Green Bay Packers Fantasy Football 2020: What to Remember

Davante Adams Green Bay Packers

The Green Bay Packers are currently hanging out at home after running roughshod all over the NFC. They ended up with the sole bye week in the NFC after notching a 13-3 record. It’s crazy that this season for the Packers started with people dancing on Aaron Rodgers’ grave because the Packers took Jordan Love in the first round, a power back in the second round, and a fullback in the third. It seemed like Rodgers’ time of relevance was over. That’s clearly not the case. But, as we look forward to 2021 fantasy football drafts, what should we remember from the 2020 Green Bay Packers?

What to Remember from the 2020 Green Bay Packers Season
  1. Aaron Rodgers ended 2020 with a 9.1% touchdown rate and 48 passing touchdowns; both the highest of his career. The 9.1% obviously led the league, as it was the second-highest touchdown rate in the history of the NFL. It also sits at over 3% higher than his career average headed into 2020 (6%). Rodgers also had a historically low interception rate. For every season wherein a QB threw at least 300 passes, nobody had a better TD%-INT%, meaning Rodgers had one of the most efficient seasons of all time. When you factor in yards per attempt, he has the fourth-most efficient season of all-time, behind 2013 Nick Foles, 2004 Peyton Manning (who had the most efficient), and… 2011 Aaron Rodgers.
  2. It’s shocking that Aaron Rodgers had such an efficient season with Marquez Valdes-Scantling at the helm. MVS had the most unfulfilled production in the history of the universe… or at least it seems. If you watched the season it felt like every other game he had a brutal drop that would have been a 50+ yard touchdown. In actuality, it was at a slightly higher rate (0.6 drops per game). He dropped 14.3% of passes, which led the league. He also had the highest depth of target (17.5 yards). It’s not that he had bad targets, either: his target quality rating per playerprofiler.com ranked as the tenth-best on the year. His true catch rate, which factors in only catchable passes ranked him as the 106th-best wide receiver in the league.
  3. Davante Adams led the league with 18 touchdowns, 1,374 yards, and 115 receptions. All three ranked inside the top-five at wide receiver on the season… He also missed weeks 3-5. If Adams had kept his pace all season long, he would have reached 131 receptions for 1,570 yards and 21 touchdown catches. That comes out to 409.6 full-PPR fantasy points over a sixteen-game season… which would rank as the third-most fantasy points since the merger… behind Jerry Rice in 1995 and 1987.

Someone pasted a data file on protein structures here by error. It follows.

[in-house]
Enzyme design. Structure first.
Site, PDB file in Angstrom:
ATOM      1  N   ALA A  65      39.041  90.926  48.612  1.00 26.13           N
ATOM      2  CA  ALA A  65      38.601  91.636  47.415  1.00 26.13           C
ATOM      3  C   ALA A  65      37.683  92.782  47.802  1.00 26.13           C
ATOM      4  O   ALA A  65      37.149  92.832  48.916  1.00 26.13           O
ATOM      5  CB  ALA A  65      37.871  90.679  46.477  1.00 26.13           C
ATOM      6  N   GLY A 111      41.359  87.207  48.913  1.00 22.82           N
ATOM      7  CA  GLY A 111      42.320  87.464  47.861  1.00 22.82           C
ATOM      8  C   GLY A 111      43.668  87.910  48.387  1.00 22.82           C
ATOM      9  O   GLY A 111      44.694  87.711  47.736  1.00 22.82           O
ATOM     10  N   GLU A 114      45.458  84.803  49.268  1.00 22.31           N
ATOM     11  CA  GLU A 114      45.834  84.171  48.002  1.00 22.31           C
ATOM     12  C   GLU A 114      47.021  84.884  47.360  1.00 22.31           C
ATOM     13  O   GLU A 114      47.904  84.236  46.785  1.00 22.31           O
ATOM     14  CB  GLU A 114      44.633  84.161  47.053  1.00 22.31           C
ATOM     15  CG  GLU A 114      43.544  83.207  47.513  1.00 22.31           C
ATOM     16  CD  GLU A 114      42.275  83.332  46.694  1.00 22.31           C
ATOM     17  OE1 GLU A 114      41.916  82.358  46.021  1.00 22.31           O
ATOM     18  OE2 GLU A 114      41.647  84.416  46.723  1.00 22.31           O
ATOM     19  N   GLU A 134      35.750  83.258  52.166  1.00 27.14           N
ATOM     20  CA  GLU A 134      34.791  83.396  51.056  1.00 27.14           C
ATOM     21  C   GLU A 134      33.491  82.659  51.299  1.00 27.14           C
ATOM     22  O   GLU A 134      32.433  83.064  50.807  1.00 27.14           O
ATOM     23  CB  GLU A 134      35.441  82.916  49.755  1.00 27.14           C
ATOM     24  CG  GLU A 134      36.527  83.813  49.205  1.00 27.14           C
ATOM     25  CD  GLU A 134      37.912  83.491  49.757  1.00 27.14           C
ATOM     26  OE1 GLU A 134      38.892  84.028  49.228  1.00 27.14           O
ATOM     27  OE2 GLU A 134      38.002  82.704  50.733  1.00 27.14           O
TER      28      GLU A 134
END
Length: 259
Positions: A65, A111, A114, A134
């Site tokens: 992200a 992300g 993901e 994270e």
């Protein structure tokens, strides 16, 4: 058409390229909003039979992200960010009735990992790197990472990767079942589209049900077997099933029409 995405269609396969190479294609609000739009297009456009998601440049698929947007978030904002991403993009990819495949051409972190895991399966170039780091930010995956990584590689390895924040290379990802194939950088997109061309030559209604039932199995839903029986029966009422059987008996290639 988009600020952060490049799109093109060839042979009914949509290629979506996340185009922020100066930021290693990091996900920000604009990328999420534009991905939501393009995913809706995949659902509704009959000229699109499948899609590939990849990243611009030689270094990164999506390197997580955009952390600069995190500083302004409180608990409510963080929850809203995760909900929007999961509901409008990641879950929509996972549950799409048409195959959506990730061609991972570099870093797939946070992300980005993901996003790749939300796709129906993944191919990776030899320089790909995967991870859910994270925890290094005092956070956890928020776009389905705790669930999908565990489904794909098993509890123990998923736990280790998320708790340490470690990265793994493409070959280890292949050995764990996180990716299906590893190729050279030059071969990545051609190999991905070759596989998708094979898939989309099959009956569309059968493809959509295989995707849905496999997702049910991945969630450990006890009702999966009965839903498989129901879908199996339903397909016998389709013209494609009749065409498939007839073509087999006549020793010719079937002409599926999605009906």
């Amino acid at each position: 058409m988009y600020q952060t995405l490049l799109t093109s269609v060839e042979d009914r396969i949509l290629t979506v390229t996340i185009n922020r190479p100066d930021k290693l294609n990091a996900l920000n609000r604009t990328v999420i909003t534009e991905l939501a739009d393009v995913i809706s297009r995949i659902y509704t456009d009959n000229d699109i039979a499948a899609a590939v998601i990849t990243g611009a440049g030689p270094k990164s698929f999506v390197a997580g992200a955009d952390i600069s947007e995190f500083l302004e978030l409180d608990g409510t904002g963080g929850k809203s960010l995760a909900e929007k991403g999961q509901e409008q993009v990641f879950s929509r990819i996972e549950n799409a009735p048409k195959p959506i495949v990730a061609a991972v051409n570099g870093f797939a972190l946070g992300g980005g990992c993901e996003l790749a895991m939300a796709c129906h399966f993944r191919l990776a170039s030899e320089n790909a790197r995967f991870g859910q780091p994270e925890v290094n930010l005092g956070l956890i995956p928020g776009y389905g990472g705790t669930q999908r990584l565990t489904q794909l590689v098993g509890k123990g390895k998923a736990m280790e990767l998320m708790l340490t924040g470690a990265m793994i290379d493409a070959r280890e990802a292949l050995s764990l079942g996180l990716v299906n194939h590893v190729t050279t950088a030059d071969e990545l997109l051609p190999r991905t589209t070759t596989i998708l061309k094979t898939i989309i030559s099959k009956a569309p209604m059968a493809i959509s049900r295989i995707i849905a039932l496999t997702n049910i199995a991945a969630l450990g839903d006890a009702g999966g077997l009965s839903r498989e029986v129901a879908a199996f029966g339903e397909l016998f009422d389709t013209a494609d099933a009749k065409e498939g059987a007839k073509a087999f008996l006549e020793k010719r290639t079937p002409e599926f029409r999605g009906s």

4. Robert Tonyan ended the 2020 season as the TE4, but it didn’t feel that way for much of the year. Headed into week eleven, Tonyan had 68.9% of his fantasy points in weeks two, three and four. Davante Adams missed the second-half of week two, all of week three, and all of week four. From Adams’ return until week eleven, he averaged 2.8 catches for 34.8 yards per game, with one 79-yard game hiding 25, 32, 5, and 33-yard games, with zero touchdowns. Tonyan and/or Aaron Rodgers must have read my tweet pointing this out, as after that point, he scored six touchdowns in seven games, which propelled his value. He remained touchdown-or-bust, however, as he sat just below the 4/40 “okay I guess I don’t hate you this week” result from a tight end, averaging 3.6 receptions and 34.1 yards per game during his hot touchdown streak.
  5. Aaron Jones ended the year as the RB5 as he heads into free agency. We will look back on this season as a fond continuation of his 2019 break out campaign. However, we can’t forget that we spent a lot of the offseason handwringing over if he could replicate the touchdown production from 2019. While Aaron Jones did not replicate his nineteen touchdowns from 2019 (he had 11), it didn’t matter. How? Well he became a more productive running back. He went back to his 5.5 yards per carry he averaged in his first two seasons while getting virtually the same amount of attempts (in two fewer games). He also ended up with virtually the same targets and receptions (again, in fewer games). We can’t forget the lesson the next time we worry about a player becoming less efficient with more touches: good players earn more touches.
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[Photo Credit: https://commons.wikimedia.org/wiki/File:Quinton_Dunbar,_Davante_Adams_(31001391268).jpg, cropped, under CC BY SA-2.0]

About Jeff Krisko

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